The archives contain millions of documents. So, before you plunge into them, you should consider the type of knowledge that can take you further in your search:

Where did the person live? The person’s conditions of employment? Religion? Marriage and children? Legal disputes? Involvement in rebellion or other major events? Each of these types of information must be found in different archives and archive collections.

Two examples:

First example: Maria Elizabeth Yard

The life story of Maria Elizabeth Yard, which you find elsewhere on this website, is based on information from a number of different records. Here are some examples:

  • Maria’s year of birth is docuemented by the census of 1841 for the Danish West Indies (Chamber of Revenue, Danish Department, The Table Commission, archive no. 303, Census of 1841, Danish West Indies, Croix, box no. 1, Christiansted free inhabitants)
  • Maria’s letter of manumission, dated 23rd May 1800, is recorded in a list of free colored men, women and children in Christiansted in 1816 (The West India and Guinea Company, archive no. 678, Subject files: Social and cultural matters, Free colored men, women and children in the jurisdiction of Christiansted 1816, box no. 3.81.564, case no. 24)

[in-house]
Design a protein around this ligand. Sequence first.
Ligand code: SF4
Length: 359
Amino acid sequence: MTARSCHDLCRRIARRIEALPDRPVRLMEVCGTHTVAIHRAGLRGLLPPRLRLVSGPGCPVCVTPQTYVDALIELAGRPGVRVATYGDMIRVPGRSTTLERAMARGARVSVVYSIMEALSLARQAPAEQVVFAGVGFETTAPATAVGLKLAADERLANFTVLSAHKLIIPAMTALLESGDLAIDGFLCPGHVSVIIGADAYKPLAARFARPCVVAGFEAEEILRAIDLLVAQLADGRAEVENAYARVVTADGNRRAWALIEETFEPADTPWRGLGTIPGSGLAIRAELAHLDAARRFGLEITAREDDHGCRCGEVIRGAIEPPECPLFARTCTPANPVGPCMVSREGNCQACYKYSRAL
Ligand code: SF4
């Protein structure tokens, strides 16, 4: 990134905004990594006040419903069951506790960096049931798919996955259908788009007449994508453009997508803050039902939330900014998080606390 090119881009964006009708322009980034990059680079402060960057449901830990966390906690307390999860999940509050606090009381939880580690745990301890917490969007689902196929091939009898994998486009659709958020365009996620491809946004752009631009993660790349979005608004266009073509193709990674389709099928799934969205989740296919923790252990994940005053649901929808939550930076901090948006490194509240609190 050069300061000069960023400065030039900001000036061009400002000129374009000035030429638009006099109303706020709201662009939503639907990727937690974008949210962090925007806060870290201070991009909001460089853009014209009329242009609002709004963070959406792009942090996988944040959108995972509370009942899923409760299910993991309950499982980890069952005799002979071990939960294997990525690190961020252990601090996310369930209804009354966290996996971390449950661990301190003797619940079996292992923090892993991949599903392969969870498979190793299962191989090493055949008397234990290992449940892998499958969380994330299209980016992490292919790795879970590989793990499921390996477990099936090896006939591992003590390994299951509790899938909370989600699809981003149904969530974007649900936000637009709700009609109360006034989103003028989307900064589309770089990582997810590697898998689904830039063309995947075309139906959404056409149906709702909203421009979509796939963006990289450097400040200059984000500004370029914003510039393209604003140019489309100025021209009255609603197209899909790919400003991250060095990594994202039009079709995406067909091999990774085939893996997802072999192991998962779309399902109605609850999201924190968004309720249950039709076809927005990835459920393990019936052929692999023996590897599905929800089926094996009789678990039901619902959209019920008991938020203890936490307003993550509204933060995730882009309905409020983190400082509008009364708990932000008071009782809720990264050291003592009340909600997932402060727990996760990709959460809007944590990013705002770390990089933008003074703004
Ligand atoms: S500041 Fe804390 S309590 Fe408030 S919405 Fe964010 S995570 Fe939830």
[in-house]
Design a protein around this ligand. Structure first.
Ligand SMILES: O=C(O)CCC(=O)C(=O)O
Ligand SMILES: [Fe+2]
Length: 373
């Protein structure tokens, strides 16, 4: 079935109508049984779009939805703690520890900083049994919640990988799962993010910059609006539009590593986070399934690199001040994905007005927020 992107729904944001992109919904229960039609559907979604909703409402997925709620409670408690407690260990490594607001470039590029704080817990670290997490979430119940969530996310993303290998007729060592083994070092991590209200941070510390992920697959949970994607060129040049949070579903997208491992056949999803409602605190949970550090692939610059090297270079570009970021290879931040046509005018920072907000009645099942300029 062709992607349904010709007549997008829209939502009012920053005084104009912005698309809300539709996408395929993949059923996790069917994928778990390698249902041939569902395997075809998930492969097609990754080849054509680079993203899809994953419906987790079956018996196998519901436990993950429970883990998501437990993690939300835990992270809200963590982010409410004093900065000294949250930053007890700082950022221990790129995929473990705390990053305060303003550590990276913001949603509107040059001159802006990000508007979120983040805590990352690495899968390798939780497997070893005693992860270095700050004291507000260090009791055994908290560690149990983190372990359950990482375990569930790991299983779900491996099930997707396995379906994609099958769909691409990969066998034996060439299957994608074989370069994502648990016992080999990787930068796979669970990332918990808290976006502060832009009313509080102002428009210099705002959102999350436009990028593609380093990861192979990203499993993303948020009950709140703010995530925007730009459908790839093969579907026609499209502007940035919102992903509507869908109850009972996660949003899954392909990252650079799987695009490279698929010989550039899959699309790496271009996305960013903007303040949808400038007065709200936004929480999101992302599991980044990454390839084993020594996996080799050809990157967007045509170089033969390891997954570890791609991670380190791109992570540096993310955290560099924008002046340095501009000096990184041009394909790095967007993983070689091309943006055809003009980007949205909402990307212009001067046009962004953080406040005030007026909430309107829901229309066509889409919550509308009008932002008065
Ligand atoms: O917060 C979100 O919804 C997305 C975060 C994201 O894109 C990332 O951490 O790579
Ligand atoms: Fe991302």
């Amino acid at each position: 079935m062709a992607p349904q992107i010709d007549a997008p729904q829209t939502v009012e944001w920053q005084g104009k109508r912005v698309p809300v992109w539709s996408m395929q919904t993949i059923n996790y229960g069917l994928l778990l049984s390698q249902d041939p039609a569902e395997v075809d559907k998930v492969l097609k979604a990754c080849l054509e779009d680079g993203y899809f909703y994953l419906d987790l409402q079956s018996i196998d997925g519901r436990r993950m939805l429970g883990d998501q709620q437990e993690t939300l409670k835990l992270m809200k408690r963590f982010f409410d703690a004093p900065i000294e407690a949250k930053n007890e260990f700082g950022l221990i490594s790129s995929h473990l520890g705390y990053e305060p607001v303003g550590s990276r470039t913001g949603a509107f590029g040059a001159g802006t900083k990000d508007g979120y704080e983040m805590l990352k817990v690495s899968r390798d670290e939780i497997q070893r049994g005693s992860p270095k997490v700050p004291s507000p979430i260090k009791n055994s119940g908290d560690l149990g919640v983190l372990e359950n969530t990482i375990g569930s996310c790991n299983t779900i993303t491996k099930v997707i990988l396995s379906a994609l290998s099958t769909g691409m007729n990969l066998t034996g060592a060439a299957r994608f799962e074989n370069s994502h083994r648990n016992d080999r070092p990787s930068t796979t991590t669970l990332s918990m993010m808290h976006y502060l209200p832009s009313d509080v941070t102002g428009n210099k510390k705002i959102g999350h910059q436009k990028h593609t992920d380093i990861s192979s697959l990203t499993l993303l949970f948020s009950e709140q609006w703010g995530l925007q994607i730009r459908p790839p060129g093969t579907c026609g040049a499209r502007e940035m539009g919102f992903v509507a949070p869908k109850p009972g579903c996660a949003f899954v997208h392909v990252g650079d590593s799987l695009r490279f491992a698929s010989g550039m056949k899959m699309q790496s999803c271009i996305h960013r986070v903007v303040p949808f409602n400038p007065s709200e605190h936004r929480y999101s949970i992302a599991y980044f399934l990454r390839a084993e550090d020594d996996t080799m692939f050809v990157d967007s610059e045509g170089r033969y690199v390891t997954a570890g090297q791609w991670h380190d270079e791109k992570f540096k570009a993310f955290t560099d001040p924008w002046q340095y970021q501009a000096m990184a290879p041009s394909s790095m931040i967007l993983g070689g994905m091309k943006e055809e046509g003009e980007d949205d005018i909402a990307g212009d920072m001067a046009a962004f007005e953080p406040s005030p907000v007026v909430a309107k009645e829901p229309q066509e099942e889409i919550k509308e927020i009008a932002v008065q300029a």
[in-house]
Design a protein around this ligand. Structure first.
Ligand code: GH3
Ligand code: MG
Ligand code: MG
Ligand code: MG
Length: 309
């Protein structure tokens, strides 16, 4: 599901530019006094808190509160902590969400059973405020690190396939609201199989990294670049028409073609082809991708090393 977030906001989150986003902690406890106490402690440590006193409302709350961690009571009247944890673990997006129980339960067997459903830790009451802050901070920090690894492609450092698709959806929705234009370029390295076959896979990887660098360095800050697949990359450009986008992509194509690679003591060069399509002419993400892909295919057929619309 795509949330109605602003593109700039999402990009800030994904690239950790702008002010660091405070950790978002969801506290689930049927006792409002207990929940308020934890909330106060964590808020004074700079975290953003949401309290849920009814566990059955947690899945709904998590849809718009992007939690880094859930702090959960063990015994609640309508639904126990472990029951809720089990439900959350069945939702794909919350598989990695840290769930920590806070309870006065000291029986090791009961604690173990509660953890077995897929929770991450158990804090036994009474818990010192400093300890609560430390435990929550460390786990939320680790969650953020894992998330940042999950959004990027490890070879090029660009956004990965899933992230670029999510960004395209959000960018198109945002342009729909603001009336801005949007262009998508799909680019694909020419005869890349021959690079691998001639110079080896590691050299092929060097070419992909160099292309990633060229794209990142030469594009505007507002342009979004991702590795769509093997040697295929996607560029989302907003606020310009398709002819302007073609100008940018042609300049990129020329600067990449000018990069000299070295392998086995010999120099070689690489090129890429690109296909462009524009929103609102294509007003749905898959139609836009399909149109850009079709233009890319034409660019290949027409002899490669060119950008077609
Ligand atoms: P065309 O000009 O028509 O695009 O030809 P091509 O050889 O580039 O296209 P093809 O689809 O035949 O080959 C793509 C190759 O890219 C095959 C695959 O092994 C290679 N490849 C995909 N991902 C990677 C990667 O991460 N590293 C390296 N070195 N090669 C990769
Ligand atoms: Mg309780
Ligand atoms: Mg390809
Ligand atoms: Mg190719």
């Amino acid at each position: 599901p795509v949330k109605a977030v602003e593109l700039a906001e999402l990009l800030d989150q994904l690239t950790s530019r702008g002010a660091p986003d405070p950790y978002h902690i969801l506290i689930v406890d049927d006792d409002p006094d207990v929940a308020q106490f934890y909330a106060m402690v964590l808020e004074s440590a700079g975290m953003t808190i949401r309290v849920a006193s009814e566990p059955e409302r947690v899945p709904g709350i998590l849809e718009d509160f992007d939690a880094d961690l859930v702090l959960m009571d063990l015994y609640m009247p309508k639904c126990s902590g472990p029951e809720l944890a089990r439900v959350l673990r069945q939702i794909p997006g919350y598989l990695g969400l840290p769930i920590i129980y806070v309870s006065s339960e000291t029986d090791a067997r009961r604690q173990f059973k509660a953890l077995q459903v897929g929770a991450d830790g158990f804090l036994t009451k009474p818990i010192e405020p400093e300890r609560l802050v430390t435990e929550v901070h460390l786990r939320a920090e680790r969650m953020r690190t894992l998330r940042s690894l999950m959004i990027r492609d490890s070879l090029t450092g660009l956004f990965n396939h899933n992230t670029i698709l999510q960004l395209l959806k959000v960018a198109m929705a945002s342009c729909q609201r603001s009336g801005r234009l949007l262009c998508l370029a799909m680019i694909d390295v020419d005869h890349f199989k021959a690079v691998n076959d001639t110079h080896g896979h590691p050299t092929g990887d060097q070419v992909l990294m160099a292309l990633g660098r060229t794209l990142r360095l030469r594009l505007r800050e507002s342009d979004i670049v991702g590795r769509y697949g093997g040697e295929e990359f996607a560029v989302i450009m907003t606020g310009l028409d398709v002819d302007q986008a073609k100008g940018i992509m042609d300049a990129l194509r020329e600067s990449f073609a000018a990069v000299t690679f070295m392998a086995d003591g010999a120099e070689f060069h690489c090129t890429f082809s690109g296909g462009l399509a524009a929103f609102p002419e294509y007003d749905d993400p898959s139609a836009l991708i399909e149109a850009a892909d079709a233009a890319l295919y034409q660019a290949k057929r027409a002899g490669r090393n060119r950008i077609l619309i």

• Maria’s residence in 1805 in a house owned by Sheriff Johannes Woldbye Mouritzen, i.e. no. 1&2 Fisherstreet, is recorded in the land register of St. Croix 1805-1806 (Audited Accounts, West Indian Accounts, archive no. 571, land register for St. Croix 1758-1915, 1805-1806, box no. 86.40)
  • That Maria inherited the properties no. 1, 2 and 3 Fisherstreet in 1839 from Johannes Mouritzen is recorded in the Sheriff of Christiansted’s registers of mortgages (Sheriff of Christiansted, archive no. 684, Registers of mortgages 1736-1844, box no. 38.26.41, 1838-1841, page 71-72)

Second example: Moses Elias Williams

The life story of Moses Elias Williams, which you find elsewhere on this website, is based on information from a number of different records. Here are some examples:

  • That Moses’ mother Cathrine lived on the plantation Castle Nugent is recorded in the census of 1841 for the Danish West Indies (Chamber of Revenue, Danish Department, The Table Commission, archive no. 303, Census of 1841, Danish West Indies, box no. 4, St. Croix country districts)
  • That in 1850 the Williams family lived in no. 7 Company Street in Christiansted is recorded in the census of 1850 for the Danish West Indies (Statistics Denmark, archive no. 1308, census 1850, Danish West Indies, box no. 2, St. Croix, Christiansted, King Street – East Street)